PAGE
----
Weather Alert

Over One-Quarter Of Kansas Wheat Harvested

Hot temperatures and little rainfall opened the doors wide open for Kansas combines to haul in this year’s wheat crop, as well as encourage planting progress and crop development.  This week’s Crop Progress report from USDA’s National Ag Statistics Service posted winter wheat harvest at 27 percent as of Sunday, 16 points ahead of a year ago and nine points better than the five-year average. 94 percent of wheat has colored and 70 are considered mature. 27 percent of the remaining crop is rated good to excellent, compared to 40 percent poor or very poor.

The weekly Crop Progress report also indicates that corn emergence has reached 93 percent, just shy of last year’s pace and the five-year average. Silking has begun with two percent of the crop in that stage. 55 percent of the crop is rated good to excellent, against 11 percent poor or very poor.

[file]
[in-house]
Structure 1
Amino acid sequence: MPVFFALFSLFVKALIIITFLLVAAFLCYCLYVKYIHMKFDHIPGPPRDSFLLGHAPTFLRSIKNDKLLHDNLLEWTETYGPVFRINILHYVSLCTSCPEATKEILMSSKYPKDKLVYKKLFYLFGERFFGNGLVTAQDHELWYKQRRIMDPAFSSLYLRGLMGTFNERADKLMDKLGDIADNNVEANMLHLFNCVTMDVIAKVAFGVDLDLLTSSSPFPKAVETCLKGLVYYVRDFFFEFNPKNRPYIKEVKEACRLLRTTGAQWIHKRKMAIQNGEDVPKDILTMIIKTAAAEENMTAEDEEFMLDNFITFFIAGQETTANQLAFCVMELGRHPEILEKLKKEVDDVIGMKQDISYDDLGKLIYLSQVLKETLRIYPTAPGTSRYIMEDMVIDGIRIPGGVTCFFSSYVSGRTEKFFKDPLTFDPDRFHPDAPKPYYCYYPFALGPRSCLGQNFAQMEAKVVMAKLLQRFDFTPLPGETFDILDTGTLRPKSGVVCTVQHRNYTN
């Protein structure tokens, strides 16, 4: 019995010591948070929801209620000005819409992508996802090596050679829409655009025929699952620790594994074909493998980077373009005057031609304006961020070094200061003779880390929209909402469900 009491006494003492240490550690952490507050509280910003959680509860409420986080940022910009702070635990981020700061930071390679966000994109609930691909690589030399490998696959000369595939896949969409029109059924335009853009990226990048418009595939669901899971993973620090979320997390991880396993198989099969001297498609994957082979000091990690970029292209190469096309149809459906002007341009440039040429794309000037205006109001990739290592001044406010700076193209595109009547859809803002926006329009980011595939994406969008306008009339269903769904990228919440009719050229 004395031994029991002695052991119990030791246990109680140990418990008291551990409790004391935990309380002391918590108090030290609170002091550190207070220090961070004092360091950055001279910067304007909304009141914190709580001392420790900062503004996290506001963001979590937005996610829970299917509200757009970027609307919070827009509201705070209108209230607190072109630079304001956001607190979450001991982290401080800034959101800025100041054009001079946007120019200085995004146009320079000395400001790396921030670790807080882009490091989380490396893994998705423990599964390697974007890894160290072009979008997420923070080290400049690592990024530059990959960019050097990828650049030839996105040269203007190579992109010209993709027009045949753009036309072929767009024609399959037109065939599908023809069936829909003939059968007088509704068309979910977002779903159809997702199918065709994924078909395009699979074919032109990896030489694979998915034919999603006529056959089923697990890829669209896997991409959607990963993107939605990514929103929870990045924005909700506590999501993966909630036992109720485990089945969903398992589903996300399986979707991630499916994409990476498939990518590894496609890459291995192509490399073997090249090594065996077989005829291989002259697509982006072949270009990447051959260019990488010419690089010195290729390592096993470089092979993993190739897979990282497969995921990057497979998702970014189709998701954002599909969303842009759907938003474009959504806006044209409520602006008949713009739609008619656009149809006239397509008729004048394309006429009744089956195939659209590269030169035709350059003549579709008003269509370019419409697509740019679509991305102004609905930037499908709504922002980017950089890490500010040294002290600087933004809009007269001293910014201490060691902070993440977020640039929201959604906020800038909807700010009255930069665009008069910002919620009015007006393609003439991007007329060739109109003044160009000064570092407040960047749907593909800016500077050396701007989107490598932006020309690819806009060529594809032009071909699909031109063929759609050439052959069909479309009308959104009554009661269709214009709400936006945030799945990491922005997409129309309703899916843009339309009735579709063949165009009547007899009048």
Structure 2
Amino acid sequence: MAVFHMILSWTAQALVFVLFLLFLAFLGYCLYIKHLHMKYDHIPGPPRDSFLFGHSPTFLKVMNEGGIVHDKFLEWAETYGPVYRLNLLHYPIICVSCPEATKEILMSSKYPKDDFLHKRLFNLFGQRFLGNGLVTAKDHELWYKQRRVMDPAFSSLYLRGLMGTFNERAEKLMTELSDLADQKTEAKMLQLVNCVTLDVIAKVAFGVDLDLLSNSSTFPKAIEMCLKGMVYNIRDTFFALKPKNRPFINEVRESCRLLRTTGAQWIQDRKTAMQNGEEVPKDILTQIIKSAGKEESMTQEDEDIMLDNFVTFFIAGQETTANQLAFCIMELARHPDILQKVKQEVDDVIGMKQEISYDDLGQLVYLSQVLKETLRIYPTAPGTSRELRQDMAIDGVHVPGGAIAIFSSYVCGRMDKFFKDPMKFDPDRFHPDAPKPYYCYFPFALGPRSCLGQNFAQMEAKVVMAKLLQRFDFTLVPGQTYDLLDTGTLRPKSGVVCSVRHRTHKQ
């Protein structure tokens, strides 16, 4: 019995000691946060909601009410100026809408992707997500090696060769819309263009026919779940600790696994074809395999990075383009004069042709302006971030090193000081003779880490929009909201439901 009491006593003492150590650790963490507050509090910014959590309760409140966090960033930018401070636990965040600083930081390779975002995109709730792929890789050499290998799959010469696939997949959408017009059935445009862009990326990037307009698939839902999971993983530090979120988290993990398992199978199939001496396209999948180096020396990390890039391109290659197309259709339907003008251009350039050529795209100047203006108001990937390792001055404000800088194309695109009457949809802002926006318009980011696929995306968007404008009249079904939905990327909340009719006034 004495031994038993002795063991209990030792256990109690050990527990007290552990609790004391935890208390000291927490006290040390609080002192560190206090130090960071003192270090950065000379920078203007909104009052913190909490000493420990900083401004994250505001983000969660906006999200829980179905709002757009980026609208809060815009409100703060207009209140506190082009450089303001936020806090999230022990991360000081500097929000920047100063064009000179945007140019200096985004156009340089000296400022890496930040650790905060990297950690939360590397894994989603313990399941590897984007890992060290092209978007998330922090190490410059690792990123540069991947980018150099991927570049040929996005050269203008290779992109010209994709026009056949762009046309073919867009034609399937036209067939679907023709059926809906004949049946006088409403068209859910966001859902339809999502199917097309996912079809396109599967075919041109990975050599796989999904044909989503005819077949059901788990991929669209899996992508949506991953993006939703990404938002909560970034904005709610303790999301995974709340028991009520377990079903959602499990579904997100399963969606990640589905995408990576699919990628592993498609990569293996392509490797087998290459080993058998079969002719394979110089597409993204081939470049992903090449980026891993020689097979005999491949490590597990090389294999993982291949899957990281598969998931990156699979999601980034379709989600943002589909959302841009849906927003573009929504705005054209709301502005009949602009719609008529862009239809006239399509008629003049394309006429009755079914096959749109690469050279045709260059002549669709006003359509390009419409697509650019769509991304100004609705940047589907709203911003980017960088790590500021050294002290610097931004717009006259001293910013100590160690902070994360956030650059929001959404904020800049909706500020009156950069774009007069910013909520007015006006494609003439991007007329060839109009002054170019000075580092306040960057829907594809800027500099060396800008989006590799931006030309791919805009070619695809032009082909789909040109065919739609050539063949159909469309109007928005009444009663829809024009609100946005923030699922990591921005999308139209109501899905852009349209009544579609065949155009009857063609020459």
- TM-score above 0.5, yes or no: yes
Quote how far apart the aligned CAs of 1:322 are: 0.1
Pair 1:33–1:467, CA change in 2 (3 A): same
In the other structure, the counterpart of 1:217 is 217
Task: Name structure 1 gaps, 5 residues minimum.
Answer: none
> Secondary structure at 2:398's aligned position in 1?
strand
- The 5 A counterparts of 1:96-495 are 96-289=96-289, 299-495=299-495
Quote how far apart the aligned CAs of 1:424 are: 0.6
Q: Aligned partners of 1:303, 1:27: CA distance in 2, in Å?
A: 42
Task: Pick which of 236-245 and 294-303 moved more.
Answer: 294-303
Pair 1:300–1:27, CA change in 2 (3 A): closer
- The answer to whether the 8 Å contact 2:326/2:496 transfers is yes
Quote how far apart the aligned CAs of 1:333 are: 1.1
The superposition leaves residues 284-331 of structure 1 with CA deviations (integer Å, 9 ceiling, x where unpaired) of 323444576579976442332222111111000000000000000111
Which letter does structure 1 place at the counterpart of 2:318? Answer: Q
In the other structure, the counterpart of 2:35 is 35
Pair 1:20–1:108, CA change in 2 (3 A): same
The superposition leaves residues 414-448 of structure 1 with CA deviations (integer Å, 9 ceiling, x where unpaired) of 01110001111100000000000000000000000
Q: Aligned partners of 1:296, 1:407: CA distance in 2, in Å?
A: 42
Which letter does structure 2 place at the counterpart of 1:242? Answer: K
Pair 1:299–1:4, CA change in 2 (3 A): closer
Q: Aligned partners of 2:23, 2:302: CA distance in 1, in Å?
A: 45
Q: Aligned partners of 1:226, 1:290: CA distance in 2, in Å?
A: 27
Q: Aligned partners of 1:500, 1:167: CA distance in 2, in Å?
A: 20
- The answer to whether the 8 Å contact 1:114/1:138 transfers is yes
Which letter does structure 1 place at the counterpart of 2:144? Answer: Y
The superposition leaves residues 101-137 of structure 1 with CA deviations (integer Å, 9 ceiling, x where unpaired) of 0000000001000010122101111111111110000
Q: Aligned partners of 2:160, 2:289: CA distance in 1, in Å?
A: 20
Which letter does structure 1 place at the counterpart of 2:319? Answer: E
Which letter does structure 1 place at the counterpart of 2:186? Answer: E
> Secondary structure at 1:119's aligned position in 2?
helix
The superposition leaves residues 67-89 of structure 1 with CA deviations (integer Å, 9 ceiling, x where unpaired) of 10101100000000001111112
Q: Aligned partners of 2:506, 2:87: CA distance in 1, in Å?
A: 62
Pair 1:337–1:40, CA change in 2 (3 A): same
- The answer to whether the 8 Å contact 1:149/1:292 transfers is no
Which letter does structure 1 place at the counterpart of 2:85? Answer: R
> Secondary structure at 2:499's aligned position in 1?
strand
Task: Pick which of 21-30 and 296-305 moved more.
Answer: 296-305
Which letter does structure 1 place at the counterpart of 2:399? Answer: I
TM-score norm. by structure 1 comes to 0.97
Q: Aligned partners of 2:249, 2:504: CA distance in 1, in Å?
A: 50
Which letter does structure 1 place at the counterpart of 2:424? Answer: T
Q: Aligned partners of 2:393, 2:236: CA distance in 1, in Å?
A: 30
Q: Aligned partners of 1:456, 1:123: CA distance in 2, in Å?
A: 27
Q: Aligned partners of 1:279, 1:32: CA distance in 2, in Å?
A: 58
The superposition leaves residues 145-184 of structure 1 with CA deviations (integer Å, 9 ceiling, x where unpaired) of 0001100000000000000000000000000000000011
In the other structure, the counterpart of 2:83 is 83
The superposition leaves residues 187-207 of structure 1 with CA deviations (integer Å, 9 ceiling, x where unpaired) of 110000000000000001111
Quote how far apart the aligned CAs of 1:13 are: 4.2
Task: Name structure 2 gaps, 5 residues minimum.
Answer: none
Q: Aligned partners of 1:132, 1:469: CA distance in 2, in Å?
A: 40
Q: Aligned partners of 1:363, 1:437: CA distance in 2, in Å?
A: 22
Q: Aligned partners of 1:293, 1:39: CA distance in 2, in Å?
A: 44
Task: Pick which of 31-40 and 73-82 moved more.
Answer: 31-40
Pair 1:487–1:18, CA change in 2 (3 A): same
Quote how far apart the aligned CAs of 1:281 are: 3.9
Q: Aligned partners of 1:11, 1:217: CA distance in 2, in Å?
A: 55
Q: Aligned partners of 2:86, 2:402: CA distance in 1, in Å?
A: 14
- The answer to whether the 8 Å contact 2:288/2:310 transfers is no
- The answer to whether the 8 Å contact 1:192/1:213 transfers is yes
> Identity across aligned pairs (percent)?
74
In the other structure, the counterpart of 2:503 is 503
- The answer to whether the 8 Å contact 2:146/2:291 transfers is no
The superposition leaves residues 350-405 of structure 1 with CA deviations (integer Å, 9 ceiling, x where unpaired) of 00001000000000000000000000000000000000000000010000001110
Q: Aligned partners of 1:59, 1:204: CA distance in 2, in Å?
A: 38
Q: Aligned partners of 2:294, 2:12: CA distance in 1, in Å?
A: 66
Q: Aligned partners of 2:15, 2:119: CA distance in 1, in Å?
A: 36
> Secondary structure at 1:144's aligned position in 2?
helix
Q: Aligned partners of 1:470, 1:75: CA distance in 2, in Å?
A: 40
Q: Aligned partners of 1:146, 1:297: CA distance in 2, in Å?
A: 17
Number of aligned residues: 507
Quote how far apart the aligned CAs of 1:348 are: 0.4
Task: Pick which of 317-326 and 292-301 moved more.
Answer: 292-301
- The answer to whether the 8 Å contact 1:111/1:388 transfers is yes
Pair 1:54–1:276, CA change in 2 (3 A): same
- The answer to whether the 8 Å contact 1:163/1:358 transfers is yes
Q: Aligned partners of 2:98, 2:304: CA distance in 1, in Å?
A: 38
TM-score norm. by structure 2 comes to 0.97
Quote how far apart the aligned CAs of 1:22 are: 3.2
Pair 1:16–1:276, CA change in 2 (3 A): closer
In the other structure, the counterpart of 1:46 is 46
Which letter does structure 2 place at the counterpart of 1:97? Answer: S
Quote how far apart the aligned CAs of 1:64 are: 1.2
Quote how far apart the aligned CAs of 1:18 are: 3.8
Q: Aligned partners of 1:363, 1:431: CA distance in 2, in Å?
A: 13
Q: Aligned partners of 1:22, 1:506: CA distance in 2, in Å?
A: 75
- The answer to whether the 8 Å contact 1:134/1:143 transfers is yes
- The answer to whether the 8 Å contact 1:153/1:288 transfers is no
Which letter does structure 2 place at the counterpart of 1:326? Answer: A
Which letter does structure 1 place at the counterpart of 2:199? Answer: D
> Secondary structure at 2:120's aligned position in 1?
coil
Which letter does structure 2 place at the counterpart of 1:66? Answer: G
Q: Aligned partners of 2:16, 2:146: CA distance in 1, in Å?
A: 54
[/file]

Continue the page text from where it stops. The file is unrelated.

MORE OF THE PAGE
One in six soybeans planned for Kansas fields this year has yet to reach ground. That puts the state six points behind last year’s planting pace as well as the normal rate. 70 percent of the crop has emerged, down four points from last year and five behind normal. 63 percent of beans are rated good or excellent, while six percent are considered poor or very poor.

Sorghum planting is 72 percent complete, nine points behind a year ago and seven points off the five-year average. The first one percent of the crop has headed in the past week. 58 percent of the crop is in good to excellent condition, compared to seven percent poor or very poor.

One in eight cotton plants is squaring, six points behind last year but four points better than the five-year average. 39 percent of the crop is rated good to excellent, versus 17 percent poor or very poor.

Sunflower planting is just 59 percent complete, well behind last year’s 75 percent and the average pace of 72 percent.

43 percent of Kansas pastures and ranges were listed in good or excellent conditions, compared to 27 percent poor or very poor. Almost six and a half days were suitable for fieldwork. Topsoil moisture supplies were rated 45 percent short or very short, while subsoil moisture supplies were gauged at 44 percent short or very short. Three percent of each had a reported surplus.



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